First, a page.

California ISO’s long road ahead to turn storage into a transmission asset RSS Feed

California ISO’s long road ahead to turn storage into a transmission asset

Stakeholders generally welcomed CAISO’s storage proposal, but developers and investor-owned utilities support opposing cost-recovery options.

ransmission deferral is one of the more cost-effective uses for energy storage on the grid, but it often lacks a clear path for implementation. The California Independent System Operator (CAISO) is working to correct that.

CAISO recently received stakeholder comments from a range of interests on the straw proposal for storage as a transmission asset it released in May.

While most stakeholders cheered CAISO for taking on the topic, the range of responses shows there is much more work to be done to incorporate energy storage into the California grid. Some stakeholders are weary of the proposal’s potential to suppress competitive prices in wholesale power markets.

The objective of the straw proposal is “to determine a pathway for transmission connected storage assets providing a regulated cost-of-service transmission service to also provide market-based services and access market revenues, thus lowering costs and providing greater flexibility for the benefit of ratepayers,” according to CAISO.

That is sort of like squaring a circle. In fact, the “unique challenges” that storage as a cost-of-service transmission asset poses dissuaded the ISO from pursuing the issue until the Federal Energy Regulatory Commission (FERC) issued a policy statement (PL17-2) in January on concurrent cost recovery for storage resources.

FERC’s statement was not intended to resolve all the issues around storage as a transmission asset, but it set the groundwork by saying it is “permissible as a matter of policy” for a storage resource to concurrently provide services at cost- and market-based rates.

FERC’s policy statement also laid out some of the issues that the use of storage as a transmission asset raises: the potential for double recovery of costs; the potential for cost-based rates to suppress competition in the wholesale power market; and the level of control an ISO or a Regional Transmission Organization (RTO) can exert over the storage resource while maintaining independence and not becoming a for-profit market participant.

One of the guiding principles in CAISO’s straw proposal is that market-based revenues can reduce the costs of the asset recovered under a cost-of-service contract, reducing the burden on rate-paying consumers.

CAISO said that certain issues, such as the methodologies it uses for transmission planning and the framework for its competitive solicitations, were beyond the scope of its storage as a transmission asset proposal.

“The main issue is not process, but accounting,” Alex Morris, director of policy and regulatory affairs the California Energy Storage Association (CESA), told Utility Dive.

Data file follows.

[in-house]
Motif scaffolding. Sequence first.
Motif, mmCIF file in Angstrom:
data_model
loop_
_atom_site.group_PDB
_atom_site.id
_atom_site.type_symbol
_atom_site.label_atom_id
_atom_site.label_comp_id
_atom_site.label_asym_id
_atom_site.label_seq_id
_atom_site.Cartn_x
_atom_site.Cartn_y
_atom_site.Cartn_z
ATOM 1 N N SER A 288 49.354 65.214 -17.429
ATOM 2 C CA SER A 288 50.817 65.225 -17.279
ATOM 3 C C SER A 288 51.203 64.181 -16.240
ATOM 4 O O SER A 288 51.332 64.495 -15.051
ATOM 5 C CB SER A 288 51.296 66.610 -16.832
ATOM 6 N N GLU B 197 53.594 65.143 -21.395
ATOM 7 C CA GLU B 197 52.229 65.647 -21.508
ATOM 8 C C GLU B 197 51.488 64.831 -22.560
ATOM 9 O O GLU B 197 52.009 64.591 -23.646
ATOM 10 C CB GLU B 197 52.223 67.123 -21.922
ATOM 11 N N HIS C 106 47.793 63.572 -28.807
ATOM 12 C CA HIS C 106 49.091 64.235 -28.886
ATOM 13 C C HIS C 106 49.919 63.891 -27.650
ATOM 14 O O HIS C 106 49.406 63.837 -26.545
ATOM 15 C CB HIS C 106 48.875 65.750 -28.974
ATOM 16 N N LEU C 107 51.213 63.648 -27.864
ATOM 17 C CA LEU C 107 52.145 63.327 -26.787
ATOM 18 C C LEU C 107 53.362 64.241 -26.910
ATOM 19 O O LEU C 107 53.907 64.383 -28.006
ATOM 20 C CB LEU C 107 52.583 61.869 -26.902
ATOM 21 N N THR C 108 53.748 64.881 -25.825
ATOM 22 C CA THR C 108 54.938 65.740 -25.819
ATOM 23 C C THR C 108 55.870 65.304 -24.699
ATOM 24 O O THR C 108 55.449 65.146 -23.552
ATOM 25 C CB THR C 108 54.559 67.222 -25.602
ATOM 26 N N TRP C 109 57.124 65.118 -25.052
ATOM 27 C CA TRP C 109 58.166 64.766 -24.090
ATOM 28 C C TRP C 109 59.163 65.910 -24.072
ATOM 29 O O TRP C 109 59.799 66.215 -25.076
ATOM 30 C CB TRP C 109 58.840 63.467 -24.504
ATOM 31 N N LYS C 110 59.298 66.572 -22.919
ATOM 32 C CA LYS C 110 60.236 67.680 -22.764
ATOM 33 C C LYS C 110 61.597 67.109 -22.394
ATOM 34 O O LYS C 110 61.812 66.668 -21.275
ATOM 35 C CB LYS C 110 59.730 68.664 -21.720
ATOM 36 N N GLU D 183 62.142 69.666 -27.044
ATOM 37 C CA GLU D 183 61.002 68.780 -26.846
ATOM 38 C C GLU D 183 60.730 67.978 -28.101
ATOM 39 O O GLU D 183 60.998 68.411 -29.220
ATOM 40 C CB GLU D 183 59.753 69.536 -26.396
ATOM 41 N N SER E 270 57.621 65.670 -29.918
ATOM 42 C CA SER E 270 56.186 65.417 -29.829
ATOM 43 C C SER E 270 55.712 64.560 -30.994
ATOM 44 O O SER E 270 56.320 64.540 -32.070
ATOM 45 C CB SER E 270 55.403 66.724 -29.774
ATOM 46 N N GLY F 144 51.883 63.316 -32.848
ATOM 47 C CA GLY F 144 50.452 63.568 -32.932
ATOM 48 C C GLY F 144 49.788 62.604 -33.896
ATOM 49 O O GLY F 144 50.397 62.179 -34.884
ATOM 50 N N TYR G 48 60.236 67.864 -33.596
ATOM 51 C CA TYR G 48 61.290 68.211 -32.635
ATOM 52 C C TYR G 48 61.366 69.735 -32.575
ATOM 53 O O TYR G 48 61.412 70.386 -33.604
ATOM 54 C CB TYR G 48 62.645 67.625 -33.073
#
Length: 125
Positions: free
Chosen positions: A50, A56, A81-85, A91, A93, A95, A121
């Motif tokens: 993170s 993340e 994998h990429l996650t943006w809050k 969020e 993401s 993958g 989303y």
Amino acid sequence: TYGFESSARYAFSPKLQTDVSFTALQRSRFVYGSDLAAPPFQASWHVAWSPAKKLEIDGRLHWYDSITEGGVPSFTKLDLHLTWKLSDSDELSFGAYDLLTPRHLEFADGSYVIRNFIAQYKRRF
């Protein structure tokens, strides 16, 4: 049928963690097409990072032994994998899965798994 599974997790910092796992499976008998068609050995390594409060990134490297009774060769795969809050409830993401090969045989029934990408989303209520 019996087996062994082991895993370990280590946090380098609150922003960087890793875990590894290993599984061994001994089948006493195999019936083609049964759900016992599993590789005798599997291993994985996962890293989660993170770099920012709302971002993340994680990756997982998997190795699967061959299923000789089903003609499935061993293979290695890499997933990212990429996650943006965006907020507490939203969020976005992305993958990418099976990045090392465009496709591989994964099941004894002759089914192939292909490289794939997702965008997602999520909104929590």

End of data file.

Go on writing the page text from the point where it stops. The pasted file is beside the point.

The heart of the issue
CAISO sets out the heart of the issue in the straw proposal, identifying two possible cost recovery methods:

1.full cost-of-service recovery, less revenues earned from market transactions; and

1.partial cost-of-service recovery with the remainder provided from market revenues.

In its comments on the straw proposal, CESA supports both methods and adds a third for consideration. CESA recommended that energy related to the operation of a storage asset be treated in a way similar to how energy losses on the grid, also known as unaccounted for energy (UFE), are now treated.

That approach was used in Texas in a case involving two storage projects proposed by American Electric Power. The utility said it wanted to account for the energy to charge the batteries as UFE, but staff of the Public Utility Commission of Texas rejected the idea until the issues could be studied in more depth.

Energy storage developer LS Power rejected CAISO’s first option in its comments, saying it provides no incentives for storage developers. The developer also said the first option opens the door for gaming the system because a developer could “make an assumption for higher market revenue and less reliance” on transmission access charges in order to secure project approval but would have no obligation to earn market revenues and would only collect the cost-of-service rates, leaving ratepayers to pay the higher costs.

Instead, LS Power backed CAISO’s second option, which calls for partial cost-of-service recovery combined with market revenues. LS Power acknowledged that predicting market revenues would be challenging but said that option could be facilitated if CAISO were to lay out ground rules to delineate when a resource would be obliged to be available for reliability purposes. The second option will encourage more competition, incentivize energy storage owners, address gaming concerns and lower costs for ratepayers, LS Power said.

San Diego Gas & Electric, however, takes an opposite stand, which is a reversal of its earlier position….

Read full article at Utility Dive